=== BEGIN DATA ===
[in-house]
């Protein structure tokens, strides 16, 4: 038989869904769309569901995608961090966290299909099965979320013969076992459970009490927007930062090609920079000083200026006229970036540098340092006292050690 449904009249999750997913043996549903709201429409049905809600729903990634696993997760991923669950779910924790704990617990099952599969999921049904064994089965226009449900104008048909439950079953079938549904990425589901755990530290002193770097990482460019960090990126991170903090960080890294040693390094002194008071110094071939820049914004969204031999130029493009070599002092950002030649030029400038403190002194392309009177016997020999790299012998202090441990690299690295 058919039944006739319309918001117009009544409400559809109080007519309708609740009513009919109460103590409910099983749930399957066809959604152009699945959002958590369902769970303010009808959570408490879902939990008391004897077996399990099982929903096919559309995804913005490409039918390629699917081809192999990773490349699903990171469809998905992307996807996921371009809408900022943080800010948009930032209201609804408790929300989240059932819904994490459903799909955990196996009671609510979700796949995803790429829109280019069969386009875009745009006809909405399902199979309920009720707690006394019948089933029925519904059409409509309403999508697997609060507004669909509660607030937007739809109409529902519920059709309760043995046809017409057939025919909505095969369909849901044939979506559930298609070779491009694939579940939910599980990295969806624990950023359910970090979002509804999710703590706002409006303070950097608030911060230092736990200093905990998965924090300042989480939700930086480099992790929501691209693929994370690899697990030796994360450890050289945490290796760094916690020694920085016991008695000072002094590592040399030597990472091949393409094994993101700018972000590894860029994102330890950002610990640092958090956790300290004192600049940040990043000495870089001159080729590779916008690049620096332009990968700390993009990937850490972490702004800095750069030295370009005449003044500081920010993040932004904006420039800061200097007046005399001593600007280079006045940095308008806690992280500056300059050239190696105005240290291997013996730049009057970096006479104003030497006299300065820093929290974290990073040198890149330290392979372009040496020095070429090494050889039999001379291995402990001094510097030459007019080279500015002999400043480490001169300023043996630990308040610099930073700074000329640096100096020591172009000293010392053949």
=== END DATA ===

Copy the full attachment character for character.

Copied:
[in-house]
């Protein structure tokens, strides 16, 4: 038989869904769309569901995608961090966290299909099965979320013969076992459970009490927007930062090609920079000083200026006229970036540098340092006292050690 449904009249999750997913043996549903709201429409049905809600729903990634696993997760991923669950779910924790704990617990099952599969999921049904064994089965226009449900104008048909439950079953079938549904990425589901755990530290002193770097990482460019960090990126991170903090960080890294040693390094002194008071110094071939820049914004969204031999130029493009070599002092950002030649030029400038403190002194392309009177016997020999790299012998202090441990690299690295 058919039944006739319309918001117009009544409400559809109080007519309708609740009513009919109460103590409910099983749930399957066809959604152009699945959002958590369902769970303010009808959570408490879902939990008391004897077996399990099982929903096919559309995804913005490409039918390629699917081809192999990773490349699903990171469809998905992307996807996921371009809408900022943080800010948009930032209201609804408790929300989240059932819904994490459903799909955990196996009671609510979700796949995803790429829109280019069969386009875009745009006809909405399902199979309920009720707690006394019948089933029925519904059409409509309403999508697997609060507004669909509660607030937007739809109409529902519920059709309760043995046809017409057939025919909505095969369909849901044939979506559930298609070779491009694939579940939910599980990295969806624990950023359910970090979002509804999710703590706002409006303070950097608030911060230092736990200093905990998965924090300042989480939700930086480099992790929501691209693929994370690899697990030796994360450890050289945490290796760094916690020694920085016991008695000072002094590592040399030597990472091949393409094994993101700018972000590894860029994102330890950002610990640092958090956790300290004192600049940040990043000495870089001159080729590779916008690049620096332009990968700390993009990937850490972490702004800095750069030295370009005449003044500081920010993040932004904006420039800061200097007046005399001593600007280079006045940095308008806690992280500056300059050239190696105005240290291997013996730049009057970096006479104003030497006299300065820093929290974290990073040198890149330290392979372009040496020095070429090494050889039999001379291995402990001094510097030459007019080279500015002999400043480490001169300023043996630990308040610099930073700074000329640096100096020591172009000293010392053949």